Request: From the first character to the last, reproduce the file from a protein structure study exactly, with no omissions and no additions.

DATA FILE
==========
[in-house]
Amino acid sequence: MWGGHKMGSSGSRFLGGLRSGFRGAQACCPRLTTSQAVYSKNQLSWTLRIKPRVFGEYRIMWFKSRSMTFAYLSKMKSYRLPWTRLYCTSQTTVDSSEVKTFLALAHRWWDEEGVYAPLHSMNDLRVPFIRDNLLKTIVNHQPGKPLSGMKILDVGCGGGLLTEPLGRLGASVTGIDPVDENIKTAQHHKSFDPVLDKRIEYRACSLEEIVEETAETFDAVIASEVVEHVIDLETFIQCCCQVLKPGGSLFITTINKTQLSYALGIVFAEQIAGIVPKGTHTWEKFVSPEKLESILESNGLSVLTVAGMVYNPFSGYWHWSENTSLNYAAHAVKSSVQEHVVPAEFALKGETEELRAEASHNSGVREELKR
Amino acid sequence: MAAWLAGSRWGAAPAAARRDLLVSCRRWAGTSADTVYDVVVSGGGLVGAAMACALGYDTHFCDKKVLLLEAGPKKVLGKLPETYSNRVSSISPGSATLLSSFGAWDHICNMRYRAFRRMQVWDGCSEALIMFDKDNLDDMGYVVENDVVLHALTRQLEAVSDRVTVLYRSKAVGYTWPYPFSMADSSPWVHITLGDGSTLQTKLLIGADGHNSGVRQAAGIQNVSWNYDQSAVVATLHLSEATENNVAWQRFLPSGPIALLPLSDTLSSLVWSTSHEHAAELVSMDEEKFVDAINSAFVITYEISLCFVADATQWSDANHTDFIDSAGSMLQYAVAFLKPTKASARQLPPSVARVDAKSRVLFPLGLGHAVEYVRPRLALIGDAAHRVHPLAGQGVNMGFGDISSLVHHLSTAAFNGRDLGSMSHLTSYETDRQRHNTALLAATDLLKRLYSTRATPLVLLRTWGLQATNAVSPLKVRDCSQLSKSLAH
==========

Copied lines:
[in-house]
Amino acid sequence: MWGGHKMGSSGSRFLGGLRSGFRGAQACCPRLTTSQAVYSKNQLSWTLRIKPRVFGEYRIMWFKSRSMTFAYLSKMKSYRLPWTRLYCTSQTTVDSSEVKTFLALAHRWWDEEGVYAPLHSMNDLRVPFIRDNLLKTIVNHQPGKPLSGMKILDVGCGGGLLTEPLGRLGASVTGIDPVDENIKTAQHHKSFDPVLDKRIEYRACSLEEIVEETAETFDAVIASEVVEHVIDLETFIQCCCQVLKPGGSLFITTINKTQLSYALGIVFAEQIAGIVPKGTHTWEKFVSPEKLESILESNGLSVLTVAGMVYNPFSGYWHWSENTSLNYAAHAVKSSVQEHVVPAEFALKGETEELRAEASHNSGVREELKR
Amino acid sequence: MAAWLAGSRWGAAPAAARRDLLVSCRRWAGTSADTVYDVVVSGGGLVGAAMACALGYDTHFCDKKVLLLEAGPKKVLGKLPETYSNRVSSISPGSATLLSSFGAWDHICNMRYRAFRRMQVWDGCSEALIMFDKDNLDDMGYVVENDVVLHALTRQLEAVSDRVTVLYRSKAVGYTWPYPFSMADSSPWVHITLGDGSTLQTKLLIGADGHNSGVRQAAGIQNVSWNYDQSAVVATLHLSEATENNVAWQRFLPSGPIALLPLSDTLSSLVWSTSHEHAAELVSMDEEKFVDAINSAFVITYEISLCFVADATQWSDANHTDFIDSAGSMLQYAVAFLKPTKASARQLPPSVARVDAKSRVLFPLGLGHAVEYVRPRLALIGDAAHRVHPLAGQGVNMGFGDISSLVHHLSTAAFNGRDLGSMSHLTSYETDRQRHNTALLAATDLLKRLYSTRATPLVLLRTWGLQATNAVSPLKVRDCSQLSKSLAH